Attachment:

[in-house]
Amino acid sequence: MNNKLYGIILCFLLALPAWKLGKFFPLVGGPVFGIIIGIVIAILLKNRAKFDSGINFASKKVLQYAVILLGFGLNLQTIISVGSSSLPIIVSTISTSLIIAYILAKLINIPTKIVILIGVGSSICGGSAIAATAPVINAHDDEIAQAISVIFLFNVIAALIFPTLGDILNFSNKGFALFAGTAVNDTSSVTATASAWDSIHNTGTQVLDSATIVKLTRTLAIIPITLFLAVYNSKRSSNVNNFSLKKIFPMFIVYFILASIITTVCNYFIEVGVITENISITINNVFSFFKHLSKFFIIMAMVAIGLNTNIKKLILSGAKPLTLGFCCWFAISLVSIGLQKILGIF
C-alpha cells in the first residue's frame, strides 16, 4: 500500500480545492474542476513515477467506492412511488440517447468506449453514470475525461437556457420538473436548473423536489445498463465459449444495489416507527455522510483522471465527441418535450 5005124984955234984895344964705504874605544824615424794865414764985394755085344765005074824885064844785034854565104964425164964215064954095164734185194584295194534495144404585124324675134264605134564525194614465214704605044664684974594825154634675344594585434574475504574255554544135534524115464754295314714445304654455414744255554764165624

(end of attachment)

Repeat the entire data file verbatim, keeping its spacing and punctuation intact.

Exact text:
[in-house]
Amino acid sequence: MNNKLYGIILCFLLALPAWKLGKFFPLVGGPVFGIIIGIVIAILLKNRAKFDSGINFASKKVLQYAVILLGFGLNLQTIISVGSSSLPIIVSTISTSLIIAYILAKLINIPTKIVILIGVGSSICGGSAIAATAPVINAHDDEIAQAISVIFLFNVIAALIFPTLGDILNFSNKGFALFAGTAVNDTSSVTATASAWDSIHNTGTQVLDSATIVKLTRTLAIIPITLFLAVYNSKRSSNVNNFSLKKIFPMFIVYFILASIITTVCNYFIEVGVITENISITINNVFSFFKHLSKFFIIMAMVAIGLNTNIKKLILSGAKPLTLGFCCWFAISLVSIGLQKILGIF
C-alpha cells in the first residue's frame, strides 16, 4: 500500500480545492474542476513515477467506492412511488440517447468506449453514470475525461437556457420538473436548473423536489445498463465459449444495489416507527455522510483522471465527441418535450 5005124984955234984895344964705504874605544824615424794865414764985394755085344765005074824885064844785034854565104964425164964215064954095164734185194584295194534495144404585124324675134264605134564525194614465214704605044664684974594825154634675344594585434574475504574255554544135534524115464754295314714445304654455414744255554764165624